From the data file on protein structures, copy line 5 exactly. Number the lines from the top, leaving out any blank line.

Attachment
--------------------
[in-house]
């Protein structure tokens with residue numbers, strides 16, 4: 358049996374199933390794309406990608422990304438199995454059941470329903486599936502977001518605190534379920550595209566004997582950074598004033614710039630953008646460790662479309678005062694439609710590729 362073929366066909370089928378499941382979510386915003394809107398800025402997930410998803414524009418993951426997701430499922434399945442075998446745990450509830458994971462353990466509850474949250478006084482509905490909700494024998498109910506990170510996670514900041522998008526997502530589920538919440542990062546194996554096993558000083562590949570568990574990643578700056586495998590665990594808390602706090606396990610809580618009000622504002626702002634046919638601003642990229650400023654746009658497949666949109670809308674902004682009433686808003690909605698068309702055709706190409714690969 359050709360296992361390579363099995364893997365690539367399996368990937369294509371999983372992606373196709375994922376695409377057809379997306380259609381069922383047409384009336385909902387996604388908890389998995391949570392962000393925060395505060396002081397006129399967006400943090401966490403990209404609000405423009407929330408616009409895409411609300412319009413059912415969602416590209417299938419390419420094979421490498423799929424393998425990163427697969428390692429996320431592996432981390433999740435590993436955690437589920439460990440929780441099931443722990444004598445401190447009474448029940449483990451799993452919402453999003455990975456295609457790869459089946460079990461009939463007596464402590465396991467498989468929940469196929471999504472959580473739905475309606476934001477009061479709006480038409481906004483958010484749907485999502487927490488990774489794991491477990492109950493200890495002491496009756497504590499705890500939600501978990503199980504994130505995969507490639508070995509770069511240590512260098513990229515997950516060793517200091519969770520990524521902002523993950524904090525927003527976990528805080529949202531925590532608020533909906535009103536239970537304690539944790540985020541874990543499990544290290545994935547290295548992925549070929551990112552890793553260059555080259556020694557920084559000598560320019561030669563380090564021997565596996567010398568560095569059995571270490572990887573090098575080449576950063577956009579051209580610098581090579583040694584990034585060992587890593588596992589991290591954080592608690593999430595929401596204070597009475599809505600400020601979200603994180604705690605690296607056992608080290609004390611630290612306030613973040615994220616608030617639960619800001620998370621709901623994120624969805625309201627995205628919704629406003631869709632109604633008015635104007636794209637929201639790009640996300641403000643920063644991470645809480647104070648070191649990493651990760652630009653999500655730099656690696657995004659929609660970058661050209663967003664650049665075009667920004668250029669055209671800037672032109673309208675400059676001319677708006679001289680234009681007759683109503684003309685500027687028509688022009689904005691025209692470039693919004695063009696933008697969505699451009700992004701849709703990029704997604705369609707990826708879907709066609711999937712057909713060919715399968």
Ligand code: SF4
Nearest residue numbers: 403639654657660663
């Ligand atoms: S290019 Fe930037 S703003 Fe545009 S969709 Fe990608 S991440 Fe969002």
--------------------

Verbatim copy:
């Ligand atoms: S290019 Fe930037 S703003 Fe545009 S969709 Fe990608 S991440 Fe969002």